“It’s a notion out there that somehow, some way, I used the Bulls for some sort of leverage,” said Wade. “I don’t know how a 28-year-old in his prime that can be maxed out anywhere can use a team for leverage. We talked about this at dinner (with Bulls officials and family before he went to Asia). This was a place I really wanted to be. It’s a place my heart really pulled me towards. I had an opportunity of a lifetime to play with two great players in LeBron and Chris. And as hard as Chicago tried, they couldn’t get all three of us together.”
The Bulls did try.
They are reported to have had a deal on the table to send Luol Deng to the Clippers to create the cap room that would have enabled them to sign James, Wade and Bosh to join Derrick Rose and Joakim Noah. The Clippers backed out at the last minute and the signings fell through and the three ended up in Miami. Could it have happened? Wade also said he was sure he was falling to No. 7 to be selected by the Bulls in the 2003 draft. He said he was hoping to play for his hometown team then. Miami made a late draft change in their thinking and took Wade at No. 5.
Of course, Wade went on to his future Hall of Fame career in Miami. But he also referred to the Heat’s 2004 acquisition of Shaquille O’Neal when asked the constant “Who’s team is it” question.
“I remember when Shaquille O’Neal came to Miami, coming from the Lakers, three championships,” noted Wade. “We had no championships at the time. I remember his press conference. I was playing in the Olympics, like Jimmy is right now. I remember Shaq said, ‘We’re not going to go through this all year. It’s Dwyane Wade’s team.’ So we’re not going to go through this all year. This is Jimmy Butler’s team. Myself and Rondo are here to bring what we bring as athletes to this team and to this city. He’s a young Bull on this team. He’s a 26-year-old that can play 40 minutes if coach wants him to and maybe more. I ain’t trying to do that. We’re going to depend on him a lot. This is a guy who I’ve known since Marquette University—great university, by the way—that I have a tremendous amount of respect for. Gar and John Paxson and everyone did an amazing job of making sure that this could happen."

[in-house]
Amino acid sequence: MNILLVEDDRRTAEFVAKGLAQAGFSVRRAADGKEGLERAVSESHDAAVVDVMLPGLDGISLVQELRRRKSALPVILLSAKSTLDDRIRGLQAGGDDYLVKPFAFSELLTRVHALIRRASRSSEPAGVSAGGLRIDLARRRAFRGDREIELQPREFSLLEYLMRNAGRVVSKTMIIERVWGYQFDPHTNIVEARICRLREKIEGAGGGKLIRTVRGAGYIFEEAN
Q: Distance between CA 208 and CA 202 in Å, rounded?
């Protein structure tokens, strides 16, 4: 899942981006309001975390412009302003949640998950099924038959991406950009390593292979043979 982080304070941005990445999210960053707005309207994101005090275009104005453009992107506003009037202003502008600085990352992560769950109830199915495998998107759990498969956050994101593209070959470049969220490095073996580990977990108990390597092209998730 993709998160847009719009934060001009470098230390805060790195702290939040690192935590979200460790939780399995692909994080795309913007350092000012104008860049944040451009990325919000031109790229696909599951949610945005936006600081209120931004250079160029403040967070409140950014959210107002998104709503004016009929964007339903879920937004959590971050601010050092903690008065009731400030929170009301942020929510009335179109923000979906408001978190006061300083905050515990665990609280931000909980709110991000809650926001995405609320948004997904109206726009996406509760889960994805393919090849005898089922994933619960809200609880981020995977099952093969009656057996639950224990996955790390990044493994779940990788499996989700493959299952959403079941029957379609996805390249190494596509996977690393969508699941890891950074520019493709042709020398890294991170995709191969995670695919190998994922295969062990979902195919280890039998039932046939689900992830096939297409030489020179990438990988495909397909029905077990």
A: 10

“But this wouldn’t have happened if it wasn’t for Jimmy Butler,” Wade insisted. “Jimmy Butler called me and told me he wanted me here. That was huge. At the time I didn’t know. Think about it, hometown kid Derrick Rose here and he finally leaves and (Joakim) Noah who is very known here leaves. It’s now Jimmy’s team. To want to bring in a guy like myself and Rondo shows what he’s about. He’s about winning. The individual stuff will come from that. I think Jimmy understands that. It won’t be a tug and pull about whose team it is. We’re all playing together. We all have one common goal. And that’s to win. Jimmy is going to be Jimmy Butler and I think he’ll grow because of what Rondo brings to the game and what I bring to the game.”
Wade, who apparently does read and listen to everything, also disputed the notion that the team cannot have success given he, Rondo and Butler are not three-point shooting specialists.
“The league is trending that way,” Wade acknowledged. “Obviously, every team isn’t good at that game. Golden State has been in the Finals the last two years. That’s their game. They’re good at that. I don’t think it’s for everyone to play unless you have the personnel to play it. It’s not our personnel. It’s not a game we’re going to try to play. We have guys who can make shots. I am a better three-point shooter than my number, by the way. I showed it in the playoffs. But we have our own strengths. We’re not going to come here and try to be Stephen Curry. As much as my son loves Stephen Curry, sorry, he’s not your Dad. I am. So what I’m going to do is play my game and play my game within obviously what the system is and what the team needs from me. Last time I checked, the ball has to go through the basket. I’ve been pretty successful putting it through the basket. Jimmy has been pretty successful. He’s going to be even more successful. And Rondo is going to know how to make sure he gets everybody the ball to put it in the basket. Our job is to play to our strengths. Let’s not go away from what got us here. We’re going to continue to be who we are."
He’s not the second coming of Michael Jordan. But there was some magic in the air Friday.